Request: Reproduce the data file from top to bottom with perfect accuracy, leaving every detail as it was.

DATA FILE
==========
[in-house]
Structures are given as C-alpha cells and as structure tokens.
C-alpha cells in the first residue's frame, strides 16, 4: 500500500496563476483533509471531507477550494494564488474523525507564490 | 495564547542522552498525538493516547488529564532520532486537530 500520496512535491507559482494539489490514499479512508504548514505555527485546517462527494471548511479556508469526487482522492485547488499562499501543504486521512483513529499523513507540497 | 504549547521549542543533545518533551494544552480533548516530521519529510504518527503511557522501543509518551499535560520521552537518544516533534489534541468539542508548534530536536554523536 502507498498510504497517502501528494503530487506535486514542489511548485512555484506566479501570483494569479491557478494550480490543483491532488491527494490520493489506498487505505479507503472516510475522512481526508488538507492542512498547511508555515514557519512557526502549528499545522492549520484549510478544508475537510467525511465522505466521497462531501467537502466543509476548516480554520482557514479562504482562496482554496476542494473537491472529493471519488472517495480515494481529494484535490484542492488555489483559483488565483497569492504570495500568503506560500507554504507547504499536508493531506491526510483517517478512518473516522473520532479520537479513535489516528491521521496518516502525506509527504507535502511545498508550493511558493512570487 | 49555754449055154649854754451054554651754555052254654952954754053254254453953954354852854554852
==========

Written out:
[in-house]
Structures are given as C-alpha cells and as structure tokens.
C-alpha cells in the first residue's frame, strides 16, 4: 500500500496563476483533509471531507477550494494564488474523525507564490 | 495564547542522552498525538493516547488529564532520532486537530 500520496512535491507559482494539489490514499479512508504548514505555527485546517462527494471548511479556508469526487482522492485547488499562499501543504486521512483513529499523513507540497 | 504549547521549542543533545518533551494544552480533548516530521519529510504518527503511557522501543509518551499535560520521552537518544516533534489534541468539542508548534530536536554523536 502507498498510504497517502501528494503530487506535486514542489511548485512555484506566479501570483494569479491557478494550480490543483491532488491527494490520493489506498487505505479507503472516510475522512481526508488538507492542512498547511508555515514557519512557526502549528499545522492549520484549510478544508475537510467525511465522505466521497462531501467537502466543509476548516480554520482557514479562504482562496482554496476542494473537491472529493471519488472517495480515494481529494484535490484542492488555489483559483488565483497569492504570495500568503506560500507554504507547504499536508493531506491526510483517517478512518473516522473520532479520537479513535489516528491521521496518516502525506509527504507535502511545498508550493511558493512570487 | 49555754449055154649854754451054554651754555052254654952954754053254254453953954354852854554852